iPad at Work – with Rabbi Dan

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Gear Diary has a superb post up detailing some of the ways that my good friend (Rabbi) Dan uses his iPad in his work. I already knew that Dan is a huge gadget fan and a big-time power user of iOS devices, but I had no idea just how much mileage he gets out of his iPad. After reading Carly Z’s post I’m convinced that Dan’s may be the hardest working iPad on the planet.

Apart from recently playing a big role in Carly’s wedding, at which Dan was the officiant, here are just some of the ways Dan puts his iPad to work:

Ways I use my iPad in the rabbinate

  • I put most of my liturgical and some of my textbooks on my iPad so I have them with me all the time. What is especially great about using the iPad for lifecycle rituals Is that, prior to the service I can customize the text and add my notes into it and then have everything right there at my fingertips. No more holding one book and then having note cards or text on a separate page.

  • I scanned all my bar mitzvah Torah packets and keep them on my iPad. This accomplishes two things. First, when I meet with my students I always have the exact same pages they are reading from in front of me. Second, when a kid comes in upset because he or she lost their packet getting a new one to them is only an email address away.
  • I forward all my relevant rabbinic emails to Evernote so I always have them accessible to me.
  • I have my assistant send me PDFs of all documents that would have, in the past, been printed. This way I always know where they are and I save on killing trees in the process.
  • Because I now use the iPad for all my teaching and preaching I am guaranteed to have the most recent version with me and, as I update, do not have to continually reprint and waste paper.
  • I use one Torah text on my iPad when I teach my Torah study. It is convenient but it also let’s me look up relevant words or other information all in the same place.
  • When I meet with families about or funeral or with a couple prior to a wedding I tend to opt for my livescribe pen. Then, however, I upload the text screen cast to the livescribe website and, now that there is a pen player iPad app, download the text to my iPad so it is with me all the time.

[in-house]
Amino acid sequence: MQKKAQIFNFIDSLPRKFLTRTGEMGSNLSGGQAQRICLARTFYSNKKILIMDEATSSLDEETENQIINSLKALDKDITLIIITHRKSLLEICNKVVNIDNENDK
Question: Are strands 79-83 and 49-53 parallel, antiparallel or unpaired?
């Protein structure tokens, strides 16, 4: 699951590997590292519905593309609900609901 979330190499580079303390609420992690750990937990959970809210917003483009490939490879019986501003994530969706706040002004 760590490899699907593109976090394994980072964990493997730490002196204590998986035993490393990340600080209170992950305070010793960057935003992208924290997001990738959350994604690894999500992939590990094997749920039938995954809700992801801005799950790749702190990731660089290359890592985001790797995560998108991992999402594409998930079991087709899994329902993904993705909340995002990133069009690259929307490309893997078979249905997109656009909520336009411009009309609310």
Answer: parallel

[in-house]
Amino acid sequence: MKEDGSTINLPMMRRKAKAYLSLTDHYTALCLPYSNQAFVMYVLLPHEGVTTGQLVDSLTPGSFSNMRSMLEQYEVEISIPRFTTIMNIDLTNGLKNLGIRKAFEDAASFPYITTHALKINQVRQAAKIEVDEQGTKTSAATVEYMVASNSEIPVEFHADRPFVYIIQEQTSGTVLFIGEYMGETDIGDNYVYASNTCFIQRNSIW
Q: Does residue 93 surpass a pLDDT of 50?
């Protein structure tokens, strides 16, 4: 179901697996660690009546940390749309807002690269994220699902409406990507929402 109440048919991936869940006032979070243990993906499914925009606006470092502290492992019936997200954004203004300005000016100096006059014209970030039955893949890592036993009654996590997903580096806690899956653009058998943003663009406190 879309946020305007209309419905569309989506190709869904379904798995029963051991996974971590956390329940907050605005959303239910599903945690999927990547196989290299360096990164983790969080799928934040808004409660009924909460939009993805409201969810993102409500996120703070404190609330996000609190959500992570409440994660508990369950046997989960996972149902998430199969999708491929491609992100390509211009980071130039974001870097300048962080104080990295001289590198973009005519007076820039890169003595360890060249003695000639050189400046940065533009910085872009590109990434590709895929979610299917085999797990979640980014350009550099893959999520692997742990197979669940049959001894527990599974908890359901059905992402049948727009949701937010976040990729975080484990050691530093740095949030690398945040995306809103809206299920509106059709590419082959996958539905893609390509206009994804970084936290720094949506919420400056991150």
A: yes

• I often use my iPad as a VoIP speakerphone and, while I am speaking to people I am updating my information on the call and what followup I need to do.
  • I have used my iPad to update the synagogue website within seconds of someone sending me information.

Then there is the use for email, for writing thanks to dragon diction, etc., etc.

The list goes on and on. In all, there isn’t an area of my rabbinic work where the iPad has not shown itself to be simple, convenient and a great way to have al my information with me all the time

Wow. Color me hugely impressed. That’s an Apple case-study or promo for the iPad just screaming to be made. Especially given the meeting of a centuries old religion and profession with the epitome of state-of-the-art technology.

Needless to say, I will never, ever be loading up the article on my own iPad – as it would immediately discover what a useless, Sporcle-playing slacker I am.

It’s a superb read though – whenever you have a moment check it out here:


Patrick Jordan

Founder and Editor in Chief of iPad Insight. Husband, father to a lovely daughter, Commander of the Armies of the North, dog lover (especially Labs), Austinite, former Londoner, IT consultant, huge sports nut, iPad and mobile tech blogger, mobile apps junkie.

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